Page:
Trump will accept election results if no 'overwhelming evidence' of fraud, aide says

Story highlights

  • "Mr. Trump would if, there's absent overwhelming evidence of any kind of fraud or irregularities," Conway says
  • Trump is leading in the battleground state of Ohio

Washington (CNN)Donald Trump's campaign manager Kellyanne Conway said Monday that should the Republican presidential nominee lose he would accept the results of the election only if there was no "overwhelming evidence" of fraud.

"Mr. Trump would, if there's absent overwhelming evidence of any kind of fraud or irregularities," Conway told CNN's Wolf Blitzer on the "Situation Room."
    She continued: "Yes, I know where this conversation is going in part, maybe not by you but by others, Wolf, who go by the same path, you know, will people be violent? Will they not accept the result? The only violence I saw the last day was perpetrated on a Republican headquarters in North Carolina. Somebody firebombed it, I doubt it was a Republican."
    Over the weekend a GOP office in Hillsborough, North Carolina, was firebombed and vandalized, spray-painted with a swastika and the words "Nazi Republicans get out of town or else" on an adjacent building, according to local officials.
    Trump -- without evidence -- blamed the firebombing on Clinton supporters on Sunday night.
    "Animals representing Hillary Clinton and Dems in North Carolina just firebombed our office in Orange County because we are winning @NCGOP," Trump tweeted.
    "Well that's his position," Conway said when asked by Blitzer about Trump's tweet. "But again, CNN for a week now plus has been covering things as if there is evidence. You've had accusers with their allegations."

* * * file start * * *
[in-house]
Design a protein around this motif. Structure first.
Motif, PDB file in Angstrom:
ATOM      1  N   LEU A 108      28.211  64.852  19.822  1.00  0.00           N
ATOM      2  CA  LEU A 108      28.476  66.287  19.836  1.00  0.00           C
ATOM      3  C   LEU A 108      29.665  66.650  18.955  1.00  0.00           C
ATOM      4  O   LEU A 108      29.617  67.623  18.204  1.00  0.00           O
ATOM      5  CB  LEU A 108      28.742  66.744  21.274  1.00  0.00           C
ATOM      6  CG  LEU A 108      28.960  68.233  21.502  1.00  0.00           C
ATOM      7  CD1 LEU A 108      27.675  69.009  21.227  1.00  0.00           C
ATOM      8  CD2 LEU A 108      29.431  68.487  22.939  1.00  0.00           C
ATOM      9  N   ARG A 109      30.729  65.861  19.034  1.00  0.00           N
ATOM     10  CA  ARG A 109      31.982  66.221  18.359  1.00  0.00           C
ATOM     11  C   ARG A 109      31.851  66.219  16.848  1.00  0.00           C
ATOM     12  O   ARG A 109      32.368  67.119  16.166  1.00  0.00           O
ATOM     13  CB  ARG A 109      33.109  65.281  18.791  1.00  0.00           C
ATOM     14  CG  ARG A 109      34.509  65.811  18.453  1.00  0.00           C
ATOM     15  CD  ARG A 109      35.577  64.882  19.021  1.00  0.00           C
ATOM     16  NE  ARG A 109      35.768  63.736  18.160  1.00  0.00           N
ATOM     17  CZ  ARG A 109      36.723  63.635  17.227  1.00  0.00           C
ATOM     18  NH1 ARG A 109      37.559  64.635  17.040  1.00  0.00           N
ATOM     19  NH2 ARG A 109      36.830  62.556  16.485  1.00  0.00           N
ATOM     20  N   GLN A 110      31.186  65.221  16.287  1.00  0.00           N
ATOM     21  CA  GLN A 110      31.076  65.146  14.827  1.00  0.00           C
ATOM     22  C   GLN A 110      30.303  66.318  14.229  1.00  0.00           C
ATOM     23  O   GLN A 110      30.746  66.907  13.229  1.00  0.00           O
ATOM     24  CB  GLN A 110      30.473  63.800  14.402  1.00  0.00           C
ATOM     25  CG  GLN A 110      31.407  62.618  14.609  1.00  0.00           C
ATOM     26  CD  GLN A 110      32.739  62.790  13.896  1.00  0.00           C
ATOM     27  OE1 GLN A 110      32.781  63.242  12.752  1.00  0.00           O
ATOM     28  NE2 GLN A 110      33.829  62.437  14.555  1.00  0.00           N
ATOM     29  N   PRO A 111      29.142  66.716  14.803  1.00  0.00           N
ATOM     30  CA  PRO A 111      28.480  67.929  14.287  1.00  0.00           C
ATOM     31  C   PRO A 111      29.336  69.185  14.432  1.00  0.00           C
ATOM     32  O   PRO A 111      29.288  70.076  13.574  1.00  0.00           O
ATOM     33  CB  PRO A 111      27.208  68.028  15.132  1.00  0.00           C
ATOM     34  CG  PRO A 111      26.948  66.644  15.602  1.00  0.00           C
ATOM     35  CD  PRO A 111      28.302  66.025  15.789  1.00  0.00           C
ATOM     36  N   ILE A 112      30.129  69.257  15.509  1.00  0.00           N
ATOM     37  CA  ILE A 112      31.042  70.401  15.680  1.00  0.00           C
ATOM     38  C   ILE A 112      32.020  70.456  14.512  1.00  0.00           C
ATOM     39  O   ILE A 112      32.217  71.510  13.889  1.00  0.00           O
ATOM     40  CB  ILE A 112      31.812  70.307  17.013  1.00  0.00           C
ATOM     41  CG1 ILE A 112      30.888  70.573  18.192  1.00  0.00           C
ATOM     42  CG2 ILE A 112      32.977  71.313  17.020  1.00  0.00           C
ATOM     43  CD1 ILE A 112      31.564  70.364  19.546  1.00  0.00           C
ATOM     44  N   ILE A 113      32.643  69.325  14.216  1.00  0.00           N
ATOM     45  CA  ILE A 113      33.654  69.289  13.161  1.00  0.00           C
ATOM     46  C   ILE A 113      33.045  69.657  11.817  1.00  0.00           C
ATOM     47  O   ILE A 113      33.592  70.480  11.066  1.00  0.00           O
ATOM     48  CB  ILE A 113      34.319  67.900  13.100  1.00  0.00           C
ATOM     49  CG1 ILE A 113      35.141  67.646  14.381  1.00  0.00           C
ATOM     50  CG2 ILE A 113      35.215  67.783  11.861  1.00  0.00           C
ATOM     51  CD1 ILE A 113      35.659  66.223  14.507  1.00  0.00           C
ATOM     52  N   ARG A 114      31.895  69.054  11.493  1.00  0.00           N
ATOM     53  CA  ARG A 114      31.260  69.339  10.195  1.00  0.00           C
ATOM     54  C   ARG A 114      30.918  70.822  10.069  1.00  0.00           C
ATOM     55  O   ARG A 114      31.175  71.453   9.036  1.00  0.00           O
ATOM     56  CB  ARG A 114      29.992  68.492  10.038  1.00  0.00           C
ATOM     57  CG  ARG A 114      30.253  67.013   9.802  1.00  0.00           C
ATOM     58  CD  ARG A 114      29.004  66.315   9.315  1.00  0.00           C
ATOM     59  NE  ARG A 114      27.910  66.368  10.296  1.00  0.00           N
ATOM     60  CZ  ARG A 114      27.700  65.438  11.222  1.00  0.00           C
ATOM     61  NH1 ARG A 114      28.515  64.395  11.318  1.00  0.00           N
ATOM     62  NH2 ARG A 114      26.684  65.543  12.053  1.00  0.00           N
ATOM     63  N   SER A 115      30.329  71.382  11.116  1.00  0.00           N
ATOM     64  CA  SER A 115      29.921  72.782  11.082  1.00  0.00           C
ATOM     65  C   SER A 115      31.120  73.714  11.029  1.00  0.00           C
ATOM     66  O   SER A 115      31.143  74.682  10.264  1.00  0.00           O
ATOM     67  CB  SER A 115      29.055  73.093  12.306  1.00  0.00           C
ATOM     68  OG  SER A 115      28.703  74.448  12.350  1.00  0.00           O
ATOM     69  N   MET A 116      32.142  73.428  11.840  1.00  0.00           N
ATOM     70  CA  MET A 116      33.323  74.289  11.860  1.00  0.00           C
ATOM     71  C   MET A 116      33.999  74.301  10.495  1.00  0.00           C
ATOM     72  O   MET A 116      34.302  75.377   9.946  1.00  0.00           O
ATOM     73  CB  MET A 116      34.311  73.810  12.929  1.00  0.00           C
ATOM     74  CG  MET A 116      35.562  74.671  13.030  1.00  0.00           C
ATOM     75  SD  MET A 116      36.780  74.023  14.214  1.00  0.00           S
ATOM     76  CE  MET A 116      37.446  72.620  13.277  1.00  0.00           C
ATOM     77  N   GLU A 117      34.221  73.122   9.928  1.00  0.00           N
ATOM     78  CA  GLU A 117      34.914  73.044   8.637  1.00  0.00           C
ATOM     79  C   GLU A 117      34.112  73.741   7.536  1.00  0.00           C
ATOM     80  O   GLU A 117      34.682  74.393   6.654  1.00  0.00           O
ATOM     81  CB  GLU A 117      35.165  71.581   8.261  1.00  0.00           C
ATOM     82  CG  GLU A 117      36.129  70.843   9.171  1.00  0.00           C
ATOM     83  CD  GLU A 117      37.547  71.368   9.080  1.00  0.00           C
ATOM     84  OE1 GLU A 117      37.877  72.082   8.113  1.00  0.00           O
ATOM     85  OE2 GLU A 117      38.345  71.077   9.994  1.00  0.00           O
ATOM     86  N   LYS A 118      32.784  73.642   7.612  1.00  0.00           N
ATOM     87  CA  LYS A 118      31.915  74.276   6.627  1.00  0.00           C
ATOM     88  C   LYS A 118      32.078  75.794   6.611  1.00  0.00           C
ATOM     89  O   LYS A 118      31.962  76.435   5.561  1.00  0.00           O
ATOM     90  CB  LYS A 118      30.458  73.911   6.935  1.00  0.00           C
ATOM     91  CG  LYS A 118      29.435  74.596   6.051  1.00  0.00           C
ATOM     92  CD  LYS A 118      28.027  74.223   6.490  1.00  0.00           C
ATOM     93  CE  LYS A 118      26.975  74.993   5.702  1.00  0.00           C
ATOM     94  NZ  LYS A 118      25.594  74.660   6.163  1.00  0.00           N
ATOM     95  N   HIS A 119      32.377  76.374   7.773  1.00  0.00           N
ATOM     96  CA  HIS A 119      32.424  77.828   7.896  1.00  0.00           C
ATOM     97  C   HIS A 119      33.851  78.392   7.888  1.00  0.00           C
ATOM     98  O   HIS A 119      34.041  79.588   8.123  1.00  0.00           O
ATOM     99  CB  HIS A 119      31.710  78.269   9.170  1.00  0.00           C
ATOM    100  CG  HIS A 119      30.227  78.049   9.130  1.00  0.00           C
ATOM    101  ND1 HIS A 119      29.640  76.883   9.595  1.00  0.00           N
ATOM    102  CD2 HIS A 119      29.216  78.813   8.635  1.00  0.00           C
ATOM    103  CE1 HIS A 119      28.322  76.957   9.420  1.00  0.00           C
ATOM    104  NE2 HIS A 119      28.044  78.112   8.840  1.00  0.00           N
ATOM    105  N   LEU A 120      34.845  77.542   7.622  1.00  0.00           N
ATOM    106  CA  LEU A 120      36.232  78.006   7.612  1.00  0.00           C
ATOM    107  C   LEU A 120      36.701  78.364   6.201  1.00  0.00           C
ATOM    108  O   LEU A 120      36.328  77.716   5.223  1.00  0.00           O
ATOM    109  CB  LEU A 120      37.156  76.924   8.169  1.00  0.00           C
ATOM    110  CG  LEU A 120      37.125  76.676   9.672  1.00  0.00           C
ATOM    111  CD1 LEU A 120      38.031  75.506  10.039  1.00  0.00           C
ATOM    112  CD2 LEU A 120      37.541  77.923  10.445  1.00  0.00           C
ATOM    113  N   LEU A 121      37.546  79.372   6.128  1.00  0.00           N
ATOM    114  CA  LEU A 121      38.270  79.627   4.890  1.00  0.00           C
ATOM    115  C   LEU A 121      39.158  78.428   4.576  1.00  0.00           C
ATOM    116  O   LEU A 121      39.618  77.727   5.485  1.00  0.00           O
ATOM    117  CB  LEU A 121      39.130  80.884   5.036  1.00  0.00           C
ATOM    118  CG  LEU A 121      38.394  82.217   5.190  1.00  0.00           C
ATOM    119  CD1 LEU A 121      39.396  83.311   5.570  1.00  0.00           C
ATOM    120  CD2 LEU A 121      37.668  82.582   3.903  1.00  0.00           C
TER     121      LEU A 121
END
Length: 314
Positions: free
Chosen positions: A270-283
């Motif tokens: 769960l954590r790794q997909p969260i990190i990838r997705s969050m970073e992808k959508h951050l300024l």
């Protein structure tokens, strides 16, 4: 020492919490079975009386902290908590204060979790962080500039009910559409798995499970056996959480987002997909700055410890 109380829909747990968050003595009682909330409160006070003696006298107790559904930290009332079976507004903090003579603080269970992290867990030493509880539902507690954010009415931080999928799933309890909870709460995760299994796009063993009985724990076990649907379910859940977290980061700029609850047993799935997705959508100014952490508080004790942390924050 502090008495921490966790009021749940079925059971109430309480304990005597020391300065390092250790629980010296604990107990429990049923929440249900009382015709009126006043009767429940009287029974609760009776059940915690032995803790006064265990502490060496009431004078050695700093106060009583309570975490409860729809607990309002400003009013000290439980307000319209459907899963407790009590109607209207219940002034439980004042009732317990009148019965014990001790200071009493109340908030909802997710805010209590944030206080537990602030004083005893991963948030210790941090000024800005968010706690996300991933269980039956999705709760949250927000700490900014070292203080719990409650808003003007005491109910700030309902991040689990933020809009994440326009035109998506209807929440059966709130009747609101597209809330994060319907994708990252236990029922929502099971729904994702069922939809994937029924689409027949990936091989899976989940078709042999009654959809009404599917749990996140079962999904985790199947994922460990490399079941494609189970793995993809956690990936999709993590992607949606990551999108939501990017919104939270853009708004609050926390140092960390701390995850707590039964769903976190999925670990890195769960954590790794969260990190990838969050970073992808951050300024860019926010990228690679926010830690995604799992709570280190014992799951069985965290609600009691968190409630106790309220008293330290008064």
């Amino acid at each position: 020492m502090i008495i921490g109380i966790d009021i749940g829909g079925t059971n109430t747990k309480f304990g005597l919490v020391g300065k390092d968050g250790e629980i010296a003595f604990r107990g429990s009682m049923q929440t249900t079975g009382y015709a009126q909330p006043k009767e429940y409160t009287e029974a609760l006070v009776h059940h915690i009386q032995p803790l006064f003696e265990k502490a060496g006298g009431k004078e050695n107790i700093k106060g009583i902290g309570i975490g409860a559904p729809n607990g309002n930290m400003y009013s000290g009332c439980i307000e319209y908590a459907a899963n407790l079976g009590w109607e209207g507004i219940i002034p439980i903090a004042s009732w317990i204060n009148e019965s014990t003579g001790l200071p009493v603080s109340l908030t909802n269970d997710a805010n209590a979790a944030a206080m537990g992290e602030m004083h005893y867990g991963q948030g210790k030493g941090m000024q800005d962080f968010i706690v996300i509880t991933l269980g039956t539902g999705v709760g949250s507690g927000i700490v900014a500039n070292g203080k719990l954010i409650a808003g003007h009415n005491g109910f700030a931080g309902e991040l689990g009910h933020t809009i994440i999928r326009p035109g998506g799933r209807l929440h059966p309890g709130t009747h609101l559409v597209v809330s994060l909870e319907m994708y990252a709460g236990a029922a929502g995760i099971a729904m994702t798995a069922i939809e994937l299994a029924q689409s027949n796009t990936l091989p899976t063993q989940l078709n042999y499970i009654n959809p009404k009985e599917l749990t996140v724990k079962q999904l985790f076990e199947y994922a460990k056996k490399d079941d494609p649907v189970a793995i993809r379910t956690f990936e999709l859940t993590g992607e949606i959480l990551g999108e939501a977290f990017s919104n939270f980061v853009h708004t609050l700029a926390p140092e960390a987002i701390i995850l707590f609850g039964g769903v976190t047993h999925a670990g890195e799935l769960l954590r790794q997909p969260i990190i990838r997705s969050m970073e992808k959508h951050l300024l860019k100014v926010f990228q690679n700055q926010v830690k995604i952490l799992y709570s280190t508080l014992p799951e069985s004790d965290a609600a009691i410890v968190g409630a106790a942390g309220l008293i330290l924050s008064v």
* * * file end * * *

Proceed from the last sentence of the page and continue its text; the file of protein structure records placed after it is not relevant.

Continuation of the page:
Conway was referencing the accusations of sexual assault against Trump that have come after release of a video of Trump captured on a hot mic talking about women in a sexually aggressive and lewd way.
    Conway said that if "women want to lodge their complaints, they have avenues to do that."
    When asked to follow up on that specific remark, Conway said: "I'm not encouraging anyone to (go to court)."

    Trump on women's appearances

    Conway told Blitzer she wouldn't have said the things Trump did about the looks of the women accusing him of misconduct. Trump, who has denied all the accusations, said last Thursday about one woman: "Take a look, you take a look, look at her, look at her words -- you tell me what you think. I don't think so."
    "I would not characterize it that way. I would not say those things," Conway said. "But he is very frustrated. And he has a right to speak his mind."

    Slightly ahead in Ohio

    In a new CNN/ORC poll on the battleground state in Ohio, Trump is slightly ahead with 48% support of likely voters, while 44% support Clinton and 4% behind Johnson.
    In the other battleground state polls released Monday, Clinton leads Trump in North Carolina and Nevada.
    "Well, we're thrilled to see those battleground polls from CNN," Conway said about the new poll. "We know the Trump campaign is still important."
    She said the poll shows that voters are "seeing through" the media coverage of Trump.
    "They will not be fooled by what they're told is important to them this election," she said. "They are going to vote based on the issues and based on their own independent characterizations of these two candidates.